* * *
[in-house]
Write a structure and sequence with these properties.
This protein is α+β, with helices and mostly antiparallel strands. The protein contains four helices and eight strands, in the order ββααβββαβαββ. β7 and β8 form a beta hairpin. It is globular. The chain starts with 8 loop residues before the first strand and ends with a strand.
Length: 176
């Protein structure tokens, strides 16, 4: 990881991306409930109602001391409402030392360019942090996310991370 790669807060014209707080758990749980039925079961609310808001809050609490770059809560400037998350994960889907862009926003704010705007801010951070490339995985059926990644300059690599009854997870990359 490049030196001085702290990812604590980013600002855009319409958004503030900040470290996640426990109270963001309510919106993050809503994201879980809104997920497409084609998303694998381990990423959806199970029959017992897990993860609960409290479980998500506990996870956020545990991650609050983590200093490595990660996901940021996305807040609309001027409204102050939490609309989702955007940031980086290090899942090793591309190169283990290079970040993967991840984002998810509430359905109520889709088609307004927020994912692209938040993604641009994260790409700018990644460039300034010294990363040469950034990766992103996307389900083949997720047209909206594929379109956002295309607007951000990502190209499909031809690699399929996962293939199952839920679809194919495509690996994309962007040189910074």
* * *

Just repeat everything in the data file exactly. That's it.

[in-house]
Write a structure and sequence with these properties.
This protein is α+β, with helices and mostly antiparallel strands. The protein contains four helices and eight strands, in the order ββααβββαβαββ. β7 and β8 form a beta hairpin. It is globular. The chain starts with 8 loop residues before the first strand and ends with a strand.
Length: 176
């Protein structure tokens, strides 16, 4: 990881991306409930109602001391409402030392360019942090996310991370 790669807060014209707080758990749980039925079961609310808001809050609490770059809560400037998350994960889907862009926003704010705007801010951070490339995985059926990644300059690599009854997870990359 490049030196001085702290990812604590980013600002855009319409958004503030900040470290996640426990109270963001309510919106993050809503994201879980809104997920497409084609998303694998381990990423959806199970029959017992897990993860609960409290479980998500506990996870956020545990991650609050983590200093490595990660996901940021996305807040609309001027409204102050939490609309989702955007940031980086290090899942090793591309190169283990290079970040993967991840984002998810509430359905109520889709088609307004927020994912692209938040993604641009994260790409700018990644460039300034010294990363040469950034990766992103996307389900083949997720047209909206594929379109956002295309607007951000990502190209499909031809690699399929996962293939199952839920679809194919495509690996994309962007040189910074």